HBO's "True Detective" Season 1 / Director: Cary FukunagaUnlike most television shows where writing duties are shared between many writers, there is only one man behind HBO’s “True Detective”: Nic Pizzolatto. The Louisiana native wrote all eight episodes in three months, by himself. Pizzolatto’s vision for “True Detective” is an anthology-style show with one complete story per season. This format allows for big Hollywood actors to feature in quality television without worrying about long multi-year contracts.

In this season, Matthew McConaughey and Woody Harrelson play opposite one another as Rust Cole and Marty Hart, two detectives in the Louisiana State Police Department. Cole is an adept detective with a troubling past and unsettling idiosyncrasies. Hart likes to act more as the “good cop,” but has his own problems. This is a much darker version of the clichéd mismatched partners.

The story follows the two detectives through the investigation of a murder they solved in 1995. It appears to be cult-like and ritualized, and HBO – true to its reputation – leaves no gruesome detail to the imagination. Their investigation is told through a series of interviews they give in 2012. Cole and Hart have since split; Cole has left the police entirely and bartends to fund his alcoholism. Both actors deliver award-winning performances enhanced by the beautiful cinematography.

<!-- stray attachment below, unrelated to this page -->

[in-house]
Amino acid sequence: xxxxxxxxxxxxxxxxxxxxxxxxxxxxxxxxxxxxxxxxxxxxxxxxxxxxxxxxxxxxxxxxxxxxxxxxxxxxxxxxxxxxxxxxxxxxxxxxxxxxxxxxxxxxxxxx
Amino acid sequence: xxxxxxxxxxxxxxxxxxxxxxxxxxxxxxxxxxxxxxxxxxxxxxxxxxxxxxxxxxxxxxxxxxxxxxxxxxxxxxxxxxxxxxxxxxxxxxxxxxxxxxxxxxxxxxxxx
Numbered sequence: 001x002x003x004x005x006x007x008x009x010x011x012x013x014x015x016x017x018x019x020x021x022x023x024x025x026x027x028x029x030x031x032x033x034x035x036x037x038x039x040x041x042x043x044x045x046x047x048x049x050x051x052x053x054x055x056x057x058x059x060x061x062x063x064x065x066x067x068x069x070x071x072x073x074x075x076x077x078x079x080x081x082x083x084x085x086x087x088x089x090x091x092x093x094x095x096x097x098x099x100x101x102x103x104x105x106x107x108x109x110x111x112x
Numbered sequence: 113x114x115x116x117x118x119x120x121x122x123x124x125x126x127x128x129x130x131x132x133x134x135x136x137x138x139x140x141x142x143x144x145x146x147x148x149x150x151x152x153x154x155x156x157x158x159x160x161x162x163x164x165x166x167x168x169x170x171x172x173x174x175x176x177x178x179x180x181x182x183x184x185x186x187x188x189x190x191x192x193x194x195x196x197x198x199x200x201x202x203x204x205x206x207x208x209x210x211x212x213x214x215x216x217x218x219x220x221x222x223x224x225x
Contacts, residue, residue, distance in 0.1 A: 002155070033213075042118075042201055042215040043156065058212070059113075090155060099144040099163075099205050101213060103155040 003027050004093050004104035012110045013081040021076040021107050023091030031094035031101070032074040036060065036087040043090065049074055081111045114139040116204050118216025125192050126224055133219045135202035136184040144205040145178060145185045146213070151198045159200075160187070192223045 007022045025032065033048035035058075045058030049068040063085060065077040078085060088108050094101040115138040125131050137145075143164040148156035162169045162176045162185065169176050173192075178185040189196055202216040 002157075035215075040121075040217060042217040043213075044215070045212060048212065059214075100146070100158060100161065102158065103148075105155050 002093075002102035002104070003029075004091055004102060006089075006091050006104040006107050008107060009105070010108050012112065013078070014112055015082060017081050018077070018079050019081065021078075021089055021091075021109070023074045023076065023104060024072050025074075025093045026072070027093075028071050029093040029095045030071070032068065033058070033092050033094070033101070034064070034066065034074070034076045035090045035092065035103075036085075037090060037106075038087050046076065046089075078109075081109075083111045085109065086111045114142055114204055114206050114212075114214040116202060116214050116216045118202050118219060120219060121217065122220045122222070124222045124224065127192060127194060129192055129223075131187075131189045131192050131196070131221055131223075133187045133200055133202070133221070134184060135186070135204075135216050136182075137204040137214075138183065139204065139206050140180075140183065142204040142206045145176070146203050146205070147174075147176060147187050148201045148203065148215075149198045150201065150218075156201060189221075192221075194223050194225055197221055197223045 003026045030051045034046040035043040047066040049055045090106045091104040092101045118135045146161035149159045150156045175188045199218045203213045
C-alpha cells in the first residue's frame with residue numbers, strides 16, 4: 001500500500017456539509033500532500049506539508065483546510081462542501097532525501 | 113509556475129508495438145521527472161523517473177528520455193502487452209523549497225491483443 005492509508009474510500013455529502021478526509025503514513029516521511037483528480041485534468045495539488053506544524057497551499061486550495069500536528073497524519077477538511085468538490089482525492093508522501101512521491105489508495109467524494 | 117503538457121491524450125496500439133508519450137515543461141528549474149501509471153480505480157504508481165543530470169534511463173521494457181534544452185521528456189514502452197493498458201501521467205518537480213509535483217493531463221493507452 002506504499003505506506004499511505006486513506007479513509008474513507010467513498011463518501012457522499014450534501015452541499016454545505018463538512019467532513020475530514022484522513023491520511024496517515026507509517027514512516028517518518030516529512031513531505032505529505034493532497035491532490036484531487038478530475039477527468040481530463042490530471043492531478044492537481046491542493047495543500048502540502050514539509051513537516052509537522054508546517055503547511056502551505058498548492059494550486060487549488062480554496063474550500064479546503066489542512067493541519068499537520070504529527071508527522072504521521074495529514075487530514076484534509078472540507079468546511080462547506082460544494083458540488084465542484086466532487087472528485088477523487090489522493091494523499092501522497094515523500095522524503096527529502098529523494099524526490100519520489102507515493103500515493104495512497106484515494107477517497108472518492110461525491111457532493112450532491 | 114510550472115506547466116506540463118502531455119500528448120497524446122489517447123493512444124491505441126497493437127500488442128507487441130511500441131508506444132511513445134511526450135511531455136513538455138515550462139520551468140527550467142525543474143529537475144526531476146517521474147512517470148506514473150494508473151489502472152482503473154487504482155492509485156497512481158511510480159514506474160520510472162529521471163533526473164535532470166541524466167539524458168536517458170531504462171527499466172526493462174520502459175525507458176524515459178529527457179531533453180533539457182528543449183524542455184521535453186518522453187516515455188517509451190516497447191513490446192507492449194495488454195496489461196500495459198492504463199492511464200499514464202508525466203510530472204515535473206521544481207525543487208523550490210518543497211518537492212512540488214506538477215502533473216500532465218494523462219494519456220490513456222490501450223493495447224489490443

“True Detective” is shot entirely on 35mm film, which lends itself to a more natural texture not often seen in modern productions. Rural Louisiana comes alive through the camerawork of Director Cary Joji Fukunaga, who treats the location itself as a main character.

The only complaint one could have about the show is that it is slow-paced. This is not necessarily a bad thing, especially considering the success of similarly slow paced – and, need I mention, award-winning – shows like “Mad Men” and “House of Cards”. “True Detective” is slow paced for a reason: there is too much detail in every scene to possibly move faster. Any faster, and you might miss that subtle smirk on McConaughey’s face or the occult symbol painted in the corner that could lead to the killer’s capture. In an era where the audience’s attention spans can be measured in tens of seconds, Pizzolatto challenges compulsive channel-changers to refrain from blinking lest they miss anything.

With only three of its eight episodes released, the jury is supposedly still out on “True Detective.” But considering the intensity of the dialogue, the stellar performances by McConaughey and Harrelson, the classic 35mm feel and the attention to detail all wrapped up in a brilliantly written murder mystery, my suspicion that Pizzolatto and HBO have created a masterful television show is all but confirmed.

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